If we were Texas residents, quite possibly, we would have applied for the Texarkana ISD Virtual Academy.  They are using Calvert. I believe the teachers all work for the Texarkana ISD. Since I'm an "Overseas Texan", that wasn't a possibility for us, when the B&M private school DD was attending deteriorated and we decided to pull her out of there.

 

The majority, but not all, of the reviews I've read about these programs that are paid for by a state are Negative. That is so sad, because the states are paying a huge amount of money for these programs.

Link to comment
Share on other sites

I believe the quality of these programs, K12, Connections Academy, etc., varies, wildly, from state to state. And from grade to grade. There is a link in this thread to a New  York Times article. I believe that article is based on a study done by some people in the University of Colorado. The results of these schools, in general, are typically not good for the student. The financial results for the company, K12, are excellent.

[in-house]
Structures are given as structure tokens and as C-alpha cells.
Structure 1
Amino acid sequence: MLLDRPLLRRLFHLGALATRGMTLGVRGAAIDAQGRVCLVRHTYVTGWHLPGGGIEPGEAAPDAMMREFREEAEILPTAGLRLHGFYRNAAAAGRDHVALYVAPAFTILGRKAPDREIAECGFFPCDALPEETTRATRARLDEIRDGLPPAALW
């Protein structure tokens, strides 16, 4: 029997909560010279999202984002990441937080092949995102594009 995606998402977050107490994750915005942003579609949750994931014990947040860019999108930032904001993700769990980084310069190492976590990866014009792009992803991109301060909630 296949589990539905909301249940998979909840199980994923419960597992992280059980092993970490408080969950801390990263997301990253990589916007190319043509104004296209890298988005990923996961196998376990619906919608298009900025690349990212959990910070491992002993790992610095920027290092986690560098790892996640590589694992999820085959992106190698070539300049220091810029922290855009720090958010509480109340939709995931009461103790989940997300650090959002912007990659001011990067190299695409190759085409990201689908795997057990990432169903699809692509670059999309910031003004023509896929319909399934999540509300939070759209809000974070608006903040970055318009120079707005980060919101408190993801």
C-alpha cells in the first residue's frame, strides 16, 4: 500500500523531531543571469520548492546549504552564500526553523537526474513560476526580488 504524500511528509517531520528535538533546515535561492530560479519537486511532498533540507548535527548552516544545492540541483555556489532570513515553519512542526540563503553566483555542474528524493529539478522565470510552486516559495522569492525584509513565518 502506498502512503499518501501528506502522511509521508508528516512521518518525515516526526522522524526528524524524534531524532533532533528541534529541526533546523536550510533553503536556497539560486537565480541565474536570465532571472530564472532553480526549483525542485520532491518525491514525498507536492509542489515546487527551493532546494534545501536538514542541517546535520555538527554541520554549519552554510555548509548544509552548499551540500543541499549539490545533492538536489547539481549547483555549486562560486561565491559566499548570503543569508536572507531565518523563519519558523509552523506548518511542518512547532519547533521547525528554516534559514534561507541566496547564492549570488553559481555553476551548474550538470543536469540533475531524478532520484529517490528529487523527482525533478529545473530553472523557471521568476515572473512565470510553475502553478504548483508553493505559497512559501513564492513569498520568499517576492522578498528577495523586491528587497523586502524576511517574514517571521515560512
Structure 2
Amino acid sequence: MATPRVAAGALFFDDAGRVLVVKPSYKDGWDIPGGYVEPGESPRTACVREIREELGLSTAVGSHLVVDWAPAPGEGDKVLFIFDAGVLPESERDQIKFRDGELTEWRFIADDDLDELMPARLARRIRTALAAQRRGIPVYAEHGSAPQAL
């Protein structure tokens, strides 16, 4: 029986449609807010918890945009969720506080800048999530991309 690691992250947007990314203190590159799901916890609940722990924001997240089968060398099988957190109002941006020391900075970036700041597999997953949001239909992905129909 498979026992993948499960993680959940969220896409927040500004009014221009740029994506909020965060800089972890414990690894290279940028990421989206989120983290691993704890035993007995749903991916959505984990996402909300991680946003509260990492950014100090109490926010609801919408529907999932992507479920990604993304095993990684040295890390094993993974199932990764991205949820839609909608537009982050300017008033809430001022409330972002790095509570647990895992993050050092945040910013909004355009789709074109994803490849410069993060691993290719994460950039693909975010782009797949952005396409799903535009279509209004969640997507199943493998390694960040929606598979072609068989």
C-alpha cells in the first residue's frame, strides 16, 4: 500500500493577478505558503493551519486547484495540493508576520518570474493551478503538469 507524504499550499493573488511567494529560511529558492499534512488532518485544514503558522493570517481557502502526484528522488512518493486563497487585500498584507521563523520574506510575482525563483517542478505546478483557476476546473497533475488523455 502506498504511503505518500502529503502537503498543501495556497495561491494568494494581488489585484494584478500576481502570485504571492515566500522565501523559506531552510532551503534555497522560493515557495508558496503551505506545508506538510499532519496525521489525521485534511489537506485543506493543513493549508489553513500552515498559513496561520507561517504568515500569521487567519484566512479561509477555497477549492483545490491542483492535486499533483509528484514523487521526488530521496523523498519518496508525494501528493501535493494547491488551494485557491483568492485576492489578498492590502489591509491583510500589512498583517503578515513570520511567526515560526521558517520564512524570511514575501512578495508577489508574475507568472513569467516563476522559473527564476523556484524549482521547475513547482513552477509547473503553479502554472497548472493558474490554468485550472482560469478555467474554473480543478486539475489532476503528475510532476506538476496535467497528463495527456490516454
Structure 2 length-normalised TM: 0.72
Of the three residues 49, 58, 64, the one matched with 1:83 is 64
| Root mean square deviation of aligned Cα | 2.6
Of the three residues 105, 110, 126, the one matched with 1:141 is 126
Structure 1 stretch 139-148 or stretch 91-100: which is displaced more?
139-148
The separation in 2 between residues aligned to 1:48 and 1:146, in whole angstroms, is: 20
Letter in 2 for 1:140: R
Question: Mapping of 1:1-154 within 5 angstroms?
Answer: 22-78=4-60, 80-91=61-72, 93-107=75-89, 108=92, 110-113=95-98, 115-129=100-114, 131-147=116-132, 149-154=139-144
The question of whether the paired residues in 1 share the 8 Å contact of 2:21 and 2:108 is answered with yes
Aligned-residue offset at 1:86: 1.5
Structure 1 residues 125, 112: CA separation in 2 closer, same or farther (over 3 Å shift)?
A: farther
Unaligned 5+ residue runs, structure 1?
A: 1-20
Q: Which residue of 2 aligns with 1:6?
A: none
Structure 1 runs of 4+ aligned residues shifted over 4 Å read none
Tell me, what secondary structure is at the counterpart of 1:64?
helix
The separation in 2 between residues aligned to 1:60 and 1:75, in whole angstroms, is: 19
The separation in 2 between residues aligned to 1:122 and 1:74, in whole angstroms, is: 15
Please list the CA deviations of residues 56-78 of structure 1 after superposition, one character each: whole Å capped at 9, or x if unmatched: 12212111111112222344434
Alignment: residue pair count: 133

If we were Texas residents, quite possibly, we would have applied for the Texarkana ISD Virtual Academy.  They are using Calvert. I believe the teachers all work for the Texarkana ISD. Since I'm an "Overseas Texan", that wasn't a possibility for us, when the B&M private school DD was attending deteriorated and we decided to pull her out of there.

 

The majority, but not all, of the reviews I've read about these programs that are paid for by a state are Negative. That is so sad, because the states are paying a huge amount of money for these programs.

 

K12 is the same. It's the charter school requirements which make the difference.

Link to comment
Share on other sites

Are you sure they are referring to a program that utilizes the K12 curriculum? The company is called K12. K-12 means "kindergarten through twelfth grade." If they are, in fact, referring to the K12 curriculum, they need to copyedit their website.

No, I never said they use k12 curriculum. They are a kindergarten-grade 12 program that serves (in their words) homeschoolers. My point is that they consider the families to be homeschoolers, regardless of how purists define the word.